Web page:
Why Is Treasury Stock Subtracted From a Stockholders' Equity?

Publicly traded companies may engage in different types of transactions in their stock after their initial public offering. For example, a company may issue new shares or repurchase existing shares. When shares are repurchased, they are referred to as Treasury shares and are accounted for by reducing the company's stockholders' equity.

Overview of Treasury Stock

Treasury stock refers to the shares repurchased by a company. Management teams elect to repurchase shares for a number of reasons. One of the main justifications is the perception by management that its shares are undervalued and that a share repurchase will support the stock price and generate a strong return. Another popular motivation is to acquire shares for use as employee compensation in stock option programs. Companies may also purchase shares in "going private" transactions involving a delisting from a stock market exchange.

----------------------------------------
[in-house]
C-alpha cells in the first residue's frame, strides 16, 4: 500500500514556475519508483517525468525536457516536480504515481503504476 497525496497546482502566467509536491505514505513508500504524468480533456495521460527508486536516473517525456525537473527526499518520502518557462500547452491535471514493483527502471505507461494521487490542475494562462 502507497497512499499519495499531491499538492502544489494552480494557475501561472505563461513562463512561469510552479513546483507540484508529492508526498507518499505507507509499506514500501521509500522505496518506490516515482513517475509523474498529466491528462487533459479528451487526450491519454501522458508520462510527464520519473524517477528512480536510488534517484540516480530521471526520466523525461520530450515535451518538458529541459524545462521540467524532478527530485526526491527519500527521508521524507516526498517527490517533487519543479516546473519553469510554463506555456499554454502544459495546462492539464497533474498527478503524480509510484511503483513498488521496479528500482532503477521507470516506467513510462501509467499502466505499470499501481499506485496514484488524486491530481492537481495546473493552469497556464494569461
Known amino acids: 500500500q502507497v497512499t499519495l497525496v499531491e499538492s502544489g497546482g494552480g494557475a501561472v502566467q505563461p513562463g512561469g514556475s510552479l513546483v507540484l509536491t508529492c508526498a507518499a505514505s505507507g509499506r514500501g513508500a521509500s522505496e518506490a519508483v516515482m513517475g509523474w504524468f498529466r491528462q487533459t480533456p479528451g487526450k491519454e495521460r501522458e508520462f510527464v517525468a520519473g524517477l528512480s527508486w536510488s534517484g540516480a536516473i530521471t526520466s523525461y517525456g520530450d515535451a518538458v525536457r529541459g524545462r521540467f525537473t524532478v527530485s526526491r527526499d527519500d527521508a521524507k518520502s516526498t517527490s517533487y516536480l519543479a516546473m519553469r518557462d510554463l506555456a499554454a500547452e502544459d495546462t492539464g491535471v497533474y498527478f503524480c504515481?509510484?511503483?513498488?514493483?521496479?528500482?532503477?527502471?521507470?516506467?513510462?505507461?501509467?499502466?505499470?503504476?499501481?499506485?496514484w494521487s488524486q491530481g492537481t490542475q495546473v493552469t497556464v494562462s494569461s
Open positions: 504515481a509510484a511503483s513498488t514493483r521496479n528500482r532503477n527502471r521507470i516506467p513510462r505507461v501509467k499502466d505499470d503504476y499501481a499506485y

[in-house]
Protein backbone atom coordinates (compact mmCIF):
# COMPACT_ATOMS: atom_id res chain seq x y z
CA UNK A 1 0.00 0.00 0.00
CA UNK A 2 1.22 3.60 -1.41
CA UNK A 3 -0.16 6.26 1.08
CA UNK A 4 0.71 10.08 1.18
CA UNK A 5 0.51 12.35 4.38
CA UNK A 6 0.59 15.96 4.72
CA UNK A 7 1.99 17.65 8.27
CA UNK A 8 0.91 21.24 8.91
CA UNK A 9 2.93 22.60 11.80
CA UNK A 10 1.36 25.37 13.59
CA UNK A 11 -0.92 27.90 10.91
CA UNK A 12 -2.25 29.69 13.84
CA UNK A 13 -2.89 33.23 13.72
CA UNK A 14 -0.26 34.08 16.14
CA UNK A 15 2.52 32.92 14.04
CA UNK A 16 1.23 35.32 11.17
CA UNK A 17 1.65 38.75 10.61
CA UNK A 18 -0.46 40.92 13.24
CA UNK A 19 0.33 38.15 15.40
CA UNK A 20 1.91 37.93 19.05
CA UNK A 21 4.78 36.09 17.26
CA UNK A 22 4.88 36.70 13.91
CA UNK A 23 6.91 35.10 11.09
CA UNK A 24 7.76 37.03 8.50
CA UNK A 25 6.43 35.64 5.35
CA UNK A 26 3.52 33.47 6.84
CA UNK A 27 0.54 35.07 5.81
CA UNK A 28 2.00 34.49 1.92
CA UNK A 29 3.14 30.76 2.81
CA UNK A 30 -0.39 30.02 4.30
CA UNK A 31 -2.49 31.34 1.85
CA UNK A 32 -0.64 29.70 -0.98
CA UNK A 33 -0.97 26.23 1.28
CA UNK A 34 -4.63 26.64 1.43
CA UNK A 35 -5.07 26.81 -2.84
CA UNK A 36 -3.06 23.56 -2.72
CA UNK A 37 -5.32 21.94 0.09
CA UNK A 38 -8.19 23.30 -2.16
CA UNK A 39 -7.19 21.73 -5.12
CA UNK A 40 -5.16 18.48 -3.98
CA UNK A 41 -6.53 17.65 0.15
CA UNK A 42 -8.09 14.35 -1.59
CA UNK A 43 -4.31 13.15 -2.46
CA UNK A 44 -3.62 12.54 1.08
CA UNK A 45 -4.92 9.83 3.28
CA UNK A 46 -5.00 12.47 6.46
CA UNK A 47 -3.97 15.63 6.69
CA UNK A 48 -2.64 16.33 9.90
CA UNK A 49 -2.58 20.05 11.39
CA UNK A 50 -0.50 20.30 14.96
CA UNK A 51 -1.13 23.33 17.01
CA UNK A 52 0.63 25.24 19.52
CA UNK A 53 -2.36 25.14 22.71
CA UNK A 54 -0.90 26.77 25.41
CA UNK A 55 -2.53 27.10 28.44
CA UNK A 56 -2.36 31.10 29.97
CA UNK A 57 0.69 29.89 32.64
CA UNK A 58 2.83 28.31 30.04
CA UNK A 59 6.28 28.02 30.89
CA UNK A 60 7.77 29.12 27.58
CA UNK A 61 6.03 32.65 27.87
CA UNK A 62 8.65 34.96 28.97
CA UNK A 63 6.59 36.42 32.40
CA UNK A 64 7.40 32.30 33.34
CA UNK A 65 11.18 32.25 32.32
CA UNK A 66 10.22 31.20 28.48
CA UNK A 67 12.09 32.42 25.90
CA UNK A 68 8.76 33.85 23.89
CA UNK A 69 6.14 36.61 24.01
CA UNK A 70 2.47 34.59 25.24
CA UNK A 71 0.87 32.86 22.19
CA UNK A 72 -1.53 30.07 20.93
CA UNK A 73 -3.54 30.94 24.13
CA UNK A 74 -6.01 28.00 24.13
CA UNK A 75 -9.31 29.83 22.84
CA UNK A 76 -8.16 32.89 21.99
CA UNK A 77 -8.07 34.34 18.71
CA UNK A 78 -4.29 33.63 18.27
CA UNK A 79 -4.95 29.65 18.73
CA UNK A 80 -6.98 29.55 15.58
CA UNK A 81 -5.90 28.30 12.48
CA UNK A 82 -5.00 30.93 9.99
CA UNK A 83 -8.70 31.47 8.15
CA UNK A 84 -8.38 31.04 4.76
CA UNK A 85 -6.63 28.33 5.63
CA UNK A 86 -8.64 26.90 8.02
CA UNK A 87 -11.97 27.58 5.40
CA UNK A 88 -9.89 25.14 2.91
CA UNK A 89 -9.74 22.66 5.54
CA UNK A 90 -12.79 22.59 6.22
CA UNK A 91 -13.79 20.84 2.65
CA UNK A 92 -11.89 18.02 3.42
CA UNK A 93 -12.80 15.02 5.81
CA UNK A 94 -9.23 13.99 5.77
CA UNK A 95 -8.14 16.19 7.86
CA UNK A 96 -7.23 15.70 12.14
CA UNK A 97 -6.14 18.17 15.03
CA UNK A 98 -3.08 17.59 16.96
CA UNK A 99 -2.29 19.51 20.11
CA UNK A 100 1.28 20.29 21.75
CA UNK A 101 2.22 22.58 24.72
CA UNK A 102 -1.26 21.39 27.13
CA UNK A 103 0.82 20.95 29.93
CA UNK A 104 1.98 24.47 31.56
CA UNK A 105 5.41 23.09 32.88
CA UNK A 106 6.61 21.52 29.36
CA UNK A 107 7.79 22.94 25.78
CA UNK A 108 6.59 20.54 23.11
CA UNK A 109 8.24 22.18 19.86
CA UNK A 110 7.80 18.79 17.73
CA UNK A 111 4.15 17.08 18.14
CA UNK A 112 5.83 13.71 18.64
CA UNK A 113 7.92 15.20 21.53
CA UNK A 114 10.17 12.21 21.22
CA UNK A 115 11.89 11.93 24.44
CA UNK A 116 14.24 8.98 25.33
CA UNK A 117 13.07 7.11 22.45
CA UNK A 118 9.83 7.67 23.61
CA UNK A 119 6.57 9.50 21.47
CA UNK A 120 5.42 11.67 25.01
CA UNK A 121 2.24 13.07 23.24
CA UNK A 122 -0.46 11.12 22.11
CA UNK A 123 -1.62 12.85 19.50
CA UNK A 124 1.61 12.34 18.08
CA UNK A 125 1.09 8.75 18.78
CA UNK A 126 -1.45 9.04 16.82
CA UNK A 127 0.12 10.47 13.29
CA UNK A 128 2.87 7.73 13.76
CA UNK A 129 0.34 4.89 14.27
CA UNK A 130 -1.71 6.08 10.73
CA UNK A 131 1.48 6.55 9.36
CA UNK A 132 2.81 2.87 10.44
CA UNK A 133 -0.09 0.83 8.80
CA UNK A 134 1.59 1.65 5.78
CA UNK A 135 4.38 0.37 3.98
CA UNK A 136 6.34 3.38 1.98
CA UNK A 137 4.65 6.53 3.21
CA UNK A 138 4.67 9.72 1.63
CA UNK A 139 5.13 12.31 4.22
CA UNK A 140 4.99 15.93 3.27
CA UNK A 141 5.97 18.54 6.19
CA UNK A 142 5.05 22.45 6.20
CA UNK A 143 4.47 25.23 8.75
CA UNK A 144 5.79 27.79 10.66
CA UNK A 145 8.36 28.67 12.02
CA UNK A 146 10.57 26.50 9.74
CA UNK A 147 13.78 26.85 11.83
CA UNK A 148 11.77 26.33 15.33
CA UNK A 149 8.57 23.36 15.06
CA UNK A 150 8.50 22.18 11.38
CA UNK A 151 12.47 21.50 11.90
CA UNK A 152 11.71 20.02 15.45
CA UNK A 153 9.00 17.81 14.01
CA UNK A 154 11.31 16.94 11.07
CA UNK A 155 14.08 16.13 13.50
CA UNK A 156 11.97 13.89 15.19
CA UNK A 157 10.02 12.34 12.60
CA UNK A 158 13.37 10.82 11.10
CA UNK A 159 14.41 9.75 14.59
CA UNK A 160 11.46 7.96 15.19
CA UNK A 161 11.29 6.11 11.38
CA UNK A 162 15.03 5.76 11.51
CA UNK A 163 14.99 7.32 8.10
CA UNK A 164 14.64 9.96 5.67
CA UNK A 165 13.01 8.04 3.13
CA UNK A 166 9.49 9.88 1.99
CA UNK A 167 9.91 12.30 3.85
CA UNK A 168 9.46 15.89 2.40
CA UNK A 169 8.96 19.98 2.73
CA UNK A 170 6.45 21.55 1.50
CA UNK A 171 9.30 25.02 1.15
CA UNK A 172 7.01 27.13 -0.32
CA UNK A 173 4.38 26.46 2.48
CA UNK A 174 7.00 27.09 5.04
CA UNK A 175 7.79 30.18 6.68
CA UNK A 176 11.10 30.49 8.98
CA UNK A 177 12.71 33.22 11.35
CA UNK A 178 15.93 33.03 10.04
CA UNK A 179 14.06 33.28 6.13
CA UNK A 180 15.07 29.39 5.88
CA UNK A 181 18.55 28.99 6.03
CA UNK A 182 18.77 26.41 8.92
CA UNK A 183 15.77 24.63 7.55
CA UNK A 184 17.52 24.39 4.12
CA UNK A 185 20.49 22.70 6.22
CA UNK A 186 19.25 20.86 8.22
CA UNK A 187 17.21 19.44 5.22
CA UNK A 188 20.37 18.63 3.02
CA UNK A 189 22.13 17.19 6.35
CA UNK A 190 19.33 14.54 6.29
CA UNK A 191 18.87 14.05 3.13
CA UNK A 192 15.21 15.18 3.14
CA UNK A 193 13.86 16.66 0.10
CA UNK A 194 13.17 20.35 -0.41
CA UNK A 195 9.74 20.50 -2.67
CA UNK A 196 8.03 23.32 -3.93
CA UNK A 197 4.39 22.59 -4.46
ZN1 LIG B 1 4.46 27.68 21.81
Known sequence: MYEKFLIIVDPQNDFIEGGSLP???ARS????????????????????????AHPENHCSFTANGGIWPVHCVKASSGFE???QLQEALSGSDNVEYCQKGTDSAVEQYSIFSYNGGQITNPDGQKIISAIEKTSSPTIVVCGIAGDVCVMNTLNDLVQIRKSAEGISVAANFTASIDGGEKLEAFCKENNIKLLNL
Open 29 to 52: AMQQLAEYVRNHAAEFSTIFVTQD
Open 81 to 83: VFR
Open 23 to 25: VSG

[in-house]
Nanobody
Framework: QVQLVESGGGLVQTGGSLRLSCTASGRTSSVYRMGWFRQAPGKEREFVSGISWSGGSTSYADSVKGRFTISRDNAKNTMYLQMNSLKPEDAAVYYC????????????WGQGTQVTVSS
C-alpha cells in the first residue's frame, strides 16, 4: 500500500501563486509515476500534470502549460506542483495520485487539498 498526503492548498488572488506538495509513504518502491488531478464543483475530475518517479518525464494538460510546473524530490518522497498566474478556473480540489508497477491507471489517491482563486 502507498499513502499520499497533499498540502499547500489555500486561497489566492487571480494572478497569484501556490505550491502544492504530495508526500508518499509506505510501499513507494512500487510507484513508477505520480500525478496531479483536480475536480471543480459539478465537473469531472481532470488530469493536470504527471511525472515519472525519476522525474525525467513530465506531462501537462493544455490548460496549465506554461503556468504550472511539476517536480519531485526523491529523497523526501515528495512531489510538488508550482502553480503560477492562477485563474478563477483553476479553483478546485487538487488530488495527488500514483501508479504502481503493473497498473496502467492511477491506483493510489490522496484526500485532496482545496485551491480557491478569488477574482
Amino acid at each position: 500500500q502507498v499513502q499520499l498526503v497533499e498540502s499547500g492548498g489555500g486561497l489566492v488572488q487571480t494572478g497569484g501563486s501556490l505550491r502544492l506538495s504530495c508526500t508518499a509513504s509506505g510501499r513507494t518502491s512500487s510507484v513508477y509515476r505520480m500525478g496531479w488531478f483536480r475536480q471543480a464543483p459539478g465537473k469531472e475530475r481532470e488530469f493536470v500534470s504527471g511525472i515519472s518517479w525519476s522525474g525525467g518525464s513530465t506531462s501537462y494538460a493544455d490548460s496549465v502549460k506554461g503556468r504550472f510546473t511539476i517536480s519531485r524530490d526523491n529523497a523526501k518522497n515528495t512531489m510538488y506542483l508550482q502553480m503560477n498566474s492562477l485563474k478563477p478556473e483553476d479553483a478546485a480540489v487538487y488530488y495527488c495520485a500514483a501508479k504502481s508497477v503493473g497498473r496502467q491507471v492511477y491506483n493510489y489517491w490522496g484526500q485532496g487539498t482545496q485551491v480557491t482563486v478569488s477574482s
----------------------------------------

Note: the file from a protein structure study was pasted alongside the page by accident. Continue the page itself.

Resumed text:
Overview of Stockholders' Equity

A corporation's balance sheet is made up of assets, liabilities and stockholders' equity. Assets are debit balance accounts, while liabilities and stockholders' equity are credit balance accounts. Stockholders' equity represents the difference, or residual, between assets and liabilities. It consists of common stock, preferred stock, additional paid-in capital, retained earnings and Treasury stock. In other words, the stockholders' equity account reflects the capitalization of the company.

Accounting for the Purchase of Treasury Stock

When a company repurchases shares, the stockholders' equity account is debited to reflect the decrease in capitalization and the cash account is credited to reflect the expenditure of cash. For example, if a company repurchased $100,000 of its shares, the Treasury stock account would be debited $100,000 and the cash account would be credited $100,000.

Accounting for the Sale of Treasury Stock

When a company releases Treasury shares, the stockholders' equity account is credited to reflect the increase in capitalization and the cash account is debited to reflect the receipt of cash. For example, if a company released $100,000 of its shares, the Treasury stock account would be credited $100,000 and the cash account would be debited $100,000.